“There were conversations, and money, that [the military] gave to Rohingya leaders and people in Sittwe right after the coup,” said Ullah. “But this is all a façade that they are putting on. They are just trying to appease Rohingya into accepting second-class citizenship.”

The military gave Rohingya some money, $350 I think, and 500 eggs. They were also explaining why they had to take over power, and they said that they should not engage in anything opposing the regime

Nay San Lwin also spoke with fellow Rohingya in Rakhine state about what was exchanged and discussed during these meetings.

“[The military] gave [Rohingya] some money, $350 I think, and 500 eggs. They were also explaining why they had to take over power, and they said that the [Rohingya] should not engage in anything opposing the regime because the situation will be ok.”

Ullah explained that the Myanmar military has very clear, underlying motivations in making these kinds of superficial gestures. 

“It looks like they were trying to seek approval of people at this moment where the coup is being sort of singled out and targeted as something that is undesirable for the country, or undemocratic, they’re almost looking for support in that manner,” said Ullah.

4G internet was also restored for a day in townships across Rakhine state, following the world’s longest Internet shutdown which began in June 2019, further suggesting that the military was looking to make peace with embattled communities in the region. However this suspension was fleeting, and a new internet blackout was soon reinstated, not only in Rakhine state but across the country.

“This was one day of showing off to the rest of the world, or at least to Rohingya in Myanmar, that [the military] was trying to change things,” explained Ullah. “They are trying to prove that they are better than the NLD, trying to legitimise their own stance.”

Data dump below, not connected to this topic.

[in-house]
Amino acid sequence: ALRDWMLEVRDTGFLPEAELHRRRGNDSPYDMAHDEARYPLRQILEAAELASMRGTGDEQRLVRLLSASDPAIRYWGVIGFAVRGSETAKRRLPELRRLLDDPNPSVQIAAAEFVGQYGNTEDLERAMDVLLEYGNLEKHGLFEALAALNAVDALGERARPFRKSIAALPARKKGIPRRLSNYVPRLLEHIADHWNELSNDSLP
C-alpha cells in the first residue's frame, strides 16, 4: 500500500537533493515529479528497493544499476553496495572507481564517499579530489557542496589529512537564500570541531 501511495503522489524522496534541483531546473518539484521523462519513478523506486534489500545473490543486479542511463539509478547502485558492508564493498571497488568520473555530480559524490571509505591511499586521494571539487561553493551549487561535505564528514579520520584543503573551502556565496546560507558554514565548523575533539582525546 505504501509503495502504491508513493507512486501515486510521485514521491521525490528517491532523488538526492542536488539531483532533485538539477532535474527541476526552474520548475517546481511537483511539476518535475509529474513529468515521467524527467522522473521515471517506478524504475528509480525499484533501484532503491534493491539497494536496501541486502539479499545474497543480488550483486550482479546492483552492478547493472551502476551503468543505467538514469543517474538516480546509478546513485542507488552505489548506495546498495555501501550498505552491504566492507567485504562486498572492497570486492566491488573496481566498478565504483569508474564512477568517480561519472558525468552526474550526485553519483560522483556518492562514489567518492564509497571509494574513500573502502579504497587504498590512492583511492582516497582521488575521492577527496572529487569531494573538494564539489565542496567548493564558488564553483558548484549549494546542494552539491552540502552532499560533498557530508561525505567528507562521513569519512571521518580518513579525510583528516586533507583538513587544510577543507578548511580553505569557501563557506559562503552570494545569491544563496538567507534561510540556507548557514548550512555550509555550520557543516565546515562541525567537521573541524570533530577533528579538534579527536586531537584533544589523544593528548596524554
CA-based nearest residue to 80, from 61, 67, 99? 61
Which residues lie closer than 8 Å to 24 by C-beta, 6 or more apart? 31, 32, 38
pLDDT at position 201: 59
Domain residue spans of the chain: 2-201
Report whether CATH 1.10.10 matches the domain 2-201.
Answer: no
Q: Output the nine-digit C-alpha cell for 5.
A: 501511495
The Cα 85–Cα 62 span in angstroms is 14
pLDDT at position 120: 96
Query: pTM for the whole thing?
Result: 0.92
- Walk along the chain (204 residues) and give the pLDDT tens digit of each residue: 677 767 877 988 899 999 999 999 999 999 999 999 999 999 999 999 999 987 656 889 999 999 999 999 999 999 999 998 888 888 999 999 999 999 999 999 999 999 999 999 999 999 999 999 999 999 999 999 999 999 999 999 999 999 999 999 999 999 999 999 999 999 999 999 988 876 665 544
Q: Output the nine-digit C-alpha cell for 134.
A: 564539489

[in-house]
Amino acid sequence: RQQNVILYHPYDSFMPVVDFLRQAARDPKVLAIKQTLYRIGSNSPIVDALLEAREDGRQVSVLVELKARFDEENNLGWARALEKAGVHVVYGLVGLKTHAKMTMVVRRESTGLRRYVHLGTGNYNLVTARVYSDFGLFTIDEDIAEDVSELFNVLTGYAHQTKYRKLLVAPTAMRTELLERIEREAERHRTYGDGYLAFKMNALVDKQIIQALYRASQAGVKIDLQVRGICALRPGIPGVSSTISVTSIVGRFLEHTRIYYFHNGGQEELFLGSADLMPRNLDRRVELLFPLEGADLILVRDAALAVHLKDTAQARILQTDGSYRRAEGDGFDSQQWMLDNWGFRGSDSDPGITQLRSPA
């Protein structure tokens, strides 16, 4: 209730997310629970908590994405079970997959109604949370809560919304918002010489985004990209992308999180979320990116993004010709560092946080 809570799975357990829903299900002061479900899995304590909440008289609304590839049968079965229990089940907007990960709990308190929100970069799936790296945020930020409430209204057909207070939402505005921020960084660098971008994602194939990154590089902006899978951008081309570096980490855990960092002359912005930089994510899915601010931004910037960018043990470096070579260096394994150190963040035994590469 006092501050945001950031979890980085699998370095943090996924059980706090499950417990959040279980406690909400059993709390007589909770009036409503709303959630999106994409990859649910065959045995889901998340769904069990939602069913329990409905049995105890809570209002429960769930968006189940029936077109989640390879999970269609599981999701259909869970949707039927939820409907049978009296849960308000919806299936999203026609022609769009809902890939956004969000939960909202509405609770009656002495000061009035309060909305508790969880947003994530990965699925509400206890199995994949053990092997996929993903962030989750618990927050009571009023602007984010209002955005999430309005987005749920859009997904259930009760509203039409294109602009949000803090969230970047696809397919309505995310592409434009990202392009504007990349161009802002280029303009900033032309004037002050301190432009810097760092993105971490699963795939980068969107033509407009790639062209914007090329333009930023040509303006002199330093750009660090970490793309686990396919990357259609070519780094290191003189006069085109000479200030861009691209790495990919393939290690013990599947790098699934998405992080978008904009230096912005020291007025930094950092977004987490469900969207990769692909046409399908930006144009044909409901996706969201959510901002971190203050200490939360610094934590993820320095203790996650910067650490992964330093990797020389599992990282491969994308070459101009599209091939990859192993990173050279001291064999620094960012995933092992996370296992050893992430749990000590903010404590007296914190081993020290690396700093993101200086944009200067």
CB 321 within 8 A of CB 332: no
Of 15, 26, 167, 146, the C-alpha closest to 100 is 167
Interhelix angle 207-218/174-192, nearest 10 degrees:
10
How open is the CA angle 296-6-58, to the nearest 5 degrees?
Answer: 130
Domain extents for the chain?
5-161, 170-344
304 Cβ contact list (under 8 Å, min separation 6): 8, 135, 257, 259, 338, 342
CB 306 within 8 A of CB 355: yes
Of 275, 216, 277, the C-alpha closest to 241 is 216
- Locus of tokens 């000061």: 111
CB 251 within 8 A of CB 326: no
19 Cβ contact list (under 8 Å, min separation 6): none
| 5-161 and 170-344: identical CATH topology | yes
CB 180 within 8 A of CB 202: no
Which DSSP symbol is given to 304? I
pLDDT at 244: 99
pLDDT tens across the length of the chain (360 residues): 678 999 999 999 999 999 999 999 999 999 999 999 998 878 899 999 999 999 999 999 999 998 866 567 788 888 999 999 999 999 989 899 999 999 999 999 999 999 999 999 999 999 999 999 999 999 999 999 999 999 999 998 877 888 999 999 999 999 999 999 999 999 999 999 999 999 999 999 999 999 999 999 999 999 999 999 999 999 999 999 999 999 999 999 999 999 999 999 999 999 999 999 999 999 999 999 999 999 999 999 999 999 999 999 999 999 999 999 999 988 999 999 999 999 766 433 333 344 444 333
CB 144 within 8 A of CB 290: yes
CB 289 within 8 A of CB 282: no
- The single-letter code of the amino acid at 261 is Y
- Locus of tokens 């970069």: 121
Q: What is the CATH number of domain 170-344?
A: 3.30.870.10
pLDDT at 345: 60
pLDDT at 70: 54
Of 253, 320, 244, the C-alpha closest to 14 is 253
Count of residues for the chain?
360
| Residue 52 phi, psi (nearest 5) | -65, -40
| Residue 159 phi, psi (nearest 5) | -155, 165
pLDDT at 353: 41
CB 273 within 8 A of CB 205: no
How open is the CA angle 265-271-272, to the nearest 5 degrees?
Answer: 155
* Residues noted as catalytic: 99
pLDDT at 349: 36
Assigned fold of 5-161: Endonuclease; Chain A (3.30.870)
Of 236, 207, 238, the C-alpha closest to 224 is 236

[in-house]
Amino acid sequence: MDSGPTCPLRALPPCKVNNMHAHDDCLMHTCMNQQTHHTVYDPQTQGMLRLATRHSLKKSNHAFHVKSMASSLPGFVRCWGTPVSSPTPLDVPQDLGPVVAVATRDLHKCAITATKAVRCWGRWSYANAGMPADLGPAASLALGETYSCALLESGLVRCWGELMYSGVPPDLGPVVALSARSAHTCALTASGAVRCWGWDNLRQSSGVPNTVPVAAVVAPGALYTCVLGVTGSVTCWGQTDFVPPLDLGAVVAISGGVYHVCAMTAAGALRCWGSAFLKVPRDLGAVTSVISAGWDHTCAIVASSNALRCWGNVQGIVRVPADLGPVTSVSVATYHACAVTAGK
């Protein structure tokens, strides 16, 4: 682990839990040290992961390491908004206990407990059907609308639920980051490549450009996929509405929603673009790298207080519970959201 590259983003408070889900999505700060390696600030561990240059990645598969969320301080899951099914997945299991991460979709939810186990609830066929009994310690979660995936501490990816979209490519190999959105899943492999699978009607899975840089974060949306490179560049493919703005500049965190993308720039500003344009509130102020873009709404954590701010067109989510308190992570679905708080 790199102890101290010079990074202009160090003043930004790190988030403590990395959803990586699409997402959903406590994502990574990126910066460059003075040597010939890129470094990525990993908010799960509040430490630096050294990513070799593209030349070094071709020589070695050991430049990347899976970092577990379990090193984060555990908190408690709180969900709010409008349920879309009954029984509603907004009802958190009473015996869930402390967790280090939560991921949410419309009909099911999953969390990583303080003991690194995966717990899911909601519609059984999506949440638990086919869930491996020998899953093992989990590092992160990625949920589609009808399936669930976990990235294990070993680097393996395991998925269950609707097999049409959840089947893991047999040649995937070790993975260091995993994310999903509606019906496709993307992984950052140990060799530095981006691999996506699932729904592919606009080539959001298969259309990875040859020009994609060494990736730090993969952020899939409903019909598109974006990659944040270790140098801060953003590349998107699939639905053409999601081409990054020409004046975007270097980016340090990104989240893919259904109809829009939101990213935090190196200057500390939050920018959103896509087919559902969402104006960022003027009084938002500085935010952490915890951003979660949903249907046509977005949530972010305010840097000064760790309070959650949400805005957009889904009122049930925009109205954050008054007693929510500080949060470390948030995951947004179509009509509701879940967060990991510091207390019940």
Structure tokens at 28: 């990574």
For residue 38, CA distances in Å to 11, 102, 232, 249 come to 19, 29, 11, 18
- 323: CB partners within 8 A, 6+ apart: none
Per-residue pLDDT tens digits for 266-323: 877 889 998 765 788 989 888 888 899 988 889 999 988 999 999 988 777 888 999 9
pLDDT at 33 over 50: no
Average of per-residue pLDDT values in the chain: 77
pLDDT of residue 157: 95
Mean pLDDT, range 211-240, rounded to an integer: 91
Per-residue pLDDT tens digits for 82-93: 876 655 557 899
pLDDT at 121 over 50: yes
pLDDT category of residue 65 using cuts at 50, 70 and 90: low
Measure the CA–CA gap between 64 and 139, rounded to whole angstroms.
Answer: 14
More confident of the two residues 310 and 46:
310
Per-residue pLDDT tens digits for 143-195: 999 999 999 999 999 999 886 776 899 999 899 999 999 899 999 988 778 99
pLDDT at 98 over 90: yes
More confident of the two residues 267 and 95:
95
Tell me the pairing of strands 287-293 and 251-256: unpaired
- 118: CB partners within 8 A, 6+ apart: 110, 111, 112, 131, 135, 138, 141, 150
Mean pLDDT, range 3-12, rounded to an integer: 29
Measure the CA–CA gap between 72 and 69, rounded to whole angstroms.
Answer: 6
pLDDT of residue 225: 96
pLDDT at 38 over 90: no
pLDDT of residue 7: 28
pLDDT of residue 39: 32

Both Ullah and Nay San Lwin note that the outreach visit to Rakhine had secondary intentions as well in making overtures to Rakhine Buddhists, the state’s majority ethnic group.

“[The military] is scared that the Rohingya will collaborate with the Rakhine, and this will be a serious threat for the military,” said Nay San Lwin. “They don’t want this peaceful coexistence because the Rakhine are always seeking independence, and if these two groups reconcile this could happen.”

While most Rohingya have fled Myanmar, and tens of thousands killed, at least 130,000 are living in internally displaced persons camps (IDPs) in northern Rakhine and southern Chin states where the circumstances are “unimaginable”, according to Nay San Lwin.

A small number of Rohingya also reside in urban centres, including Yangon, and see great responsibility in joining the resistance movement against the military given the hardships facing others in their community.

Samira, a 19-year old Rohingya activist, has been participating in the Civil Disobedience Movement in Yangon. Her real name has been concealed for her safety, but she believes that, as one of a small number of free Rohingya left in Myanmar, she has a duty to advocate for the rights and freedoms of her peers. 

Samira lives in Yangon and has been able to move around freely by lying about her ethnicity on official documents, including her passport.

“[In the protest] I was the only one that took a card that said ‘Rohingya’,” said Samira, referring to the banner that she carried as she marched.“I felt a bit of fear but I have to be brave for my community. We have lost our human rights, our citizenship rights, and we have been deprived and suppressed, so we have a responsibility to fight.”

Samira protesting in Yangon. She was one of very few people carrying a Rohingya sign. Photo: Supplied

Samira, along with fellow Rohingya across the globe, including Ullah, are protesting to raise awareness about the disproportionate impact that the recent coup will have on the already-persecuted ethnic minority, but taking to the streets will only go so far, they also stress the need for international involvement.

Ullah notes that, in staging the coup, the military was likely emboldened by the lack of substantial international response towards the Rohingya genocide in the past.

“It is really important for [government officials] to see this coup for what it is. The military is going to try and put a spin on it, to try and smooth things out with the international community but there are a lot of people who will need help,” said Ullah.

“If the international community continues to do what it did for the past decade, it will slowly go down from here, it will not go up.”